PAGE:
Signs to Observe in Ragdoll Cats for Urgent Care

Ragdoll Cats pic

Ragdoll Cats
Image: ehow.com

Dr. Jennifer Creed has more than 15 years of emergency veterinary medicine experience and more than five years of general practice experience. She most recently worked at Emergency Veterinary Services in Lisle, Illinois. Involved with the treatment and rescue of purebred cats, Dr. Jennifer Creed is especially attuned to the needs of ragdoll cats.

Typically a bigger cat with males reaching 20 pounds and females around 10 to 15 pounds, ragdolls are affectionate cats who tend to get along with people, including kids, and dogs. These cats reach full size when they turn four years old. Their striking blue eyes make them stand out, and they have a semi-longhaired coat that comes in six colors and four patterns.

According to the Aubrey Animal Medical Center, there are some signs ragdoll cat owners should pay attention to when caring for their pet. If the cat shows any of the following signs, the pet owner should take seek immediate medical care.

* Cloudiness or redness in the eyes

* Excessive scratching or shaking the head or ears

* Sudden hind leg weakness or paralysis

* Weakness or rapid breathing

* Inability to urinate or discolored urine

Health Concerns for Ragdoll Cats

Ragdoll Cats pic

Ragdoll Cats
Image: ehow.com

An experienced veterinarian, Dr. Jennifer Creed offers particular expertise in the health problems of purebred cats. Dr. Jennifer Creed also owns Midwest Ragdolls, a Traditional Cat Association (TCA) Supreme Cattery of Excellence, and has been in two books about ragdoll cats.

Sturdy of build and generally healthy, the lovable and affectionate ragdoll cat can live for 12 to 15 years in the family home. However, the breed is prone to a number of health problems of which owners should be aware, so that they can seek out treatment.

Ragdoll cats can get bladder stones and hypertrophic cardiomyopathy (HCM), a thickening of the cardiac muscle. As this thickening occurs, the exterior wall of the heart becomes thicker and the muscle cannot contract normally, thus preventing adequate blood flow. There is no cure for HCM, but symptoms are controllable with medication.

Ragdoll cats may also have a higher risk of feline mucopolysaccharidosis, a genetic condition that can lead to joint damage and vision problems. Unlike HCM, this condition is treatable. Therapies include bone marrow transplantation and replacement of the arysulfatase B enzyme, a deficiency of which causes the condition.

Health Challenges in Ragdoll Cats

 

Ragdoll Cats pic

Ragdoll Cats
Image: vetinfo.com

Dr. Jennifer Creed, a veterinarian located in Elburn, Illinois, is also a licensed breeder of ragdoll cats. Kittens from Dr. Jennifer Creed’s cattery are well cared for and guaranteed for three years to be free from congenital defects or heart disease.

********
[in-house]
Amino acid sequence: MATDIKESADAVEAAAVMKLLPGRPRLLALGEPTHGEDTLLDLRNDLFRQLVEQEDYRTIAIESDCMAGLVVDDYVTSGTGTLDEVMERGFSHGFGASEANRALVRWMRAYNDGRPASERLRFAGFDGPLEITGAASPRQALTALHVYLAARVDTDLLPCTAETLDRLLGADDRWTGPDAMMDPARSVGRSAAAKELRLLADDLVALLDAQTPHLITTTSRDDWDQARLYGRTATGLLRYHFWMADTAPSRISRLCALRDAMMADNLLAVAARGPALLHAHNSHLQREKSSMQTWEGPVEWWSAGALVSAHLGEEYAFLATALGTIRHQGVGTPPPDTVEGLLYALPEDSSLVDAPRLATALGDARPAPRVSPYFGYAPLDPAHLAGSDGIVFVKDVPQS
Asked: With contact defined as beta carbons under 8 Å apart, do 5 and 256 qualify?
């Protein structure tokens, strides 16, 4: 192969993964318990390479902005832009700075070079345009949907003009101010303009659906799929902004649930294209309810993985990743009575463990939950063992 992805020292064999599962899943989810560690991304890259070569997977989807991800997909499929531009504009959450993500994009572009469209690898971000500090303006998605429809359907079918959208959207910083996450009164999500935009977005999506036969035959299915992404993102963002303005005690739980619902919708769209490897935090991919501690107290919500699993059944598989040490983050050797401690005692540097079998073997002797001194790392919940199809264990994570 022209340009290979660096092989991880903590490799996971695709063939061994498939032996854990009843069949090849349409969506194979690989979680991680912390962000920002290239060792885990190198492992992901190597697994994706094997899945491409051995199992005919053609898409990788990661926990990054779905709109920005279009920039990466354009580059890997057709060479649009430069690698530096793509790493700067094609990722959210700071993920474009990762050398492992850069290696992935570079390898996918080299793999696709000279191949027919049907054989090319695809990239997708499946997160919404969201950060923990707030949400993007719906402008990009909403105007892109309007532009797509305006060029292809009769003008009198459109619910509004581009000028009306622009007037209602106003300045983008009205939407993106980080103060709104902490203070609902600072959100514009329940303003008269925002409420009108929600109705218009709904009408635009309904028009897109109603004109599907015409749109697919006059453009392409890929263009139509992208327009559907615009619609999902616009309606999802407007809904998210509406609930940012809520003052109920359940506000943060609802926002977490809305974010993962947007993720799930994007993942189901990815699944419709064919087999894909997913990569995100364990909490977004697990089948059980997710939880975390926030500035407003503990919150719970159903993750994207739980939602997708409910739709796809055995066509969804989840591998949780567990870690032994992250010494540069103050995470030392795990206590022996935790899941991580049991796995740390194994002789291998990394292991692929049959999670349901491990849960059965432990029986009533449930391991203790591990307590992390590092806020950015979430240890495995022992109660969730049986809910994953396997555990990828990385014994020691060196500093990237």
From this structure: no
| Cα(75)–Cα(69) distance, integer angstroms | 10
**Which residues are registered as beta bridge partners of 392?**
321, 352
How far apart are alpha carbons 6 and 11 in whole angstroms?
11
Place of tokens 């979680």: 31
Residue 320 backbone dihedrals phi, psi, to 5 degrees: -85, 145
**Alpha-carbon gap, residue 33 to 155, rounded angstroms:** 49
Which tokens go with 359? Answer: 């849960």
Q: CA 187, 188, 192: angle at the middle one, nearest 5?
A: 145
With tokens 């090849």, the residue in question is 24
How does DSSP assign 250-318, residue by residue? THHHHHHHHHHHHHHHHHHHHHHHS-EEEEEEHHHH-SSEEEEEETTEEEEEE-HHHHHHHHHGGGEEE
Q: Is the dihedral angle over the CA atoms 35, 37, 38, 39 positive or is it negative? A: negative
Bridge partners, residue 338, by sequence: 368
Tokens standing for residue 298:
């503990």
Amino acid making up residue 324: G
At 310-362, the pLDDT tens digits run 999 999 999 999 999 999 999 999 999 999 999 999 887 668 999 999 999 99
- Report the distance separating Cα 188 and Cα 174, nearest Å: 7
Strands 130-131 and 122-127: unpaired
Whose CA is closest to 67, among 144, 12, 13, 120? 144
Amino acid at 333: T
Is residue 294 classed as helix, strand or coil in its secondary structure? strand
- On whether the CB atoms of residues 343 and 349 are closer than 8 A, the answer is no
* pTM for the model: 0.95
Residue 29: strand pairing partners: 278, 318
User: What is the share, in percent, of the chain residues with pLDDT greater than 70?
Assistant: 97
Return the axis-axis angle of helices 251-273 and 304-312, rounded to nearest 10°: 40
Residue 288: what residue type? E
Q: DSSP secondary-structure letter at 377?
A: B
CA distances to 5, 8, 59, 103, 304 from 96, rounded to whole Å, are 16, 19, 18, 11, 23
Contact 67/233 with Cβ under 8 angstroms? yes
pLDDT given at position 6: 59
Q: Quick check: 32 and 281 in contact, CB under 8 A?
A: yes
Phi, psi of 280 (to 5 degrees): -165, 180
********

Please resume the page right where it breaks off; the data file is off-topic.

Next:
Ragdolls are healthy cats in general. However, some of them, like other breeds, develop bladder stones or a heart disease known as hypertropic cardiomyopathy. This disease begins with a thickening of the left ventricle wall as the cat grows older. Symptoms include depression, lethargy, low appetite, trouble with breathing or gagging, and fainting. Medications can ease these, but there is no cure.

Less severe problems are associated with the ragdoll’s long hair. If not brushed daily or every other day, the hair can become matted, leading to dirt and oils irritating the skin. Insufficient brushing can also cause hairballs.

Another issue for ragdolls is the lack of a particular enzyme that affects mobility and vision. This condition, called feline mucopolysaccharidosis, makes itself known by causing difficulty in your pet’s walking and seeing.

All About Ragdoll Cats

Ragdoll Cats pic

Ragdoll Cats
Image: ehow.com

Dr. Jennifer Creed has many years of experience as a veterinarian and vet tech. Her current hobby and interest is in the breeding and rescuing of Ragdoll cats. Through her experience with these special cats, Dr. Jennifer Creed has gained knowledge and expertise in the treatment and handling of felines.

Ragdoll cats are unique because of their close relationship to the humans in their lives. While many cats may seem uninterested in their owners, ragdoll cats have been known to follow their humans around and can even be trained to do tricks like fetching objects. The name “ragdoll” was assigned to this breed because of the cats’ tendency to go limp in their owners’ arms when content. The breed is generally known for being good-natured, gentle, and affectionate.

Ragdoll cats are also very beautiful animals. They are a longhaired variety of cat, and typically have bright blue eyes, with long white or light fur and darker points. Points refer to the cat’s ears, nose, tail and paws, which are often a darker grey or brown than the rest of the body. Despite their longer hair, Ragdolls don’t require much more grooming than other cats.

Overall, the Ragdoll breed of cat is an excellent choice for any individual wanting a cuddly, friendly companion. Ragdolls typically get along well with other pets, even dogs, and have been known to enjoy traveling with their owners.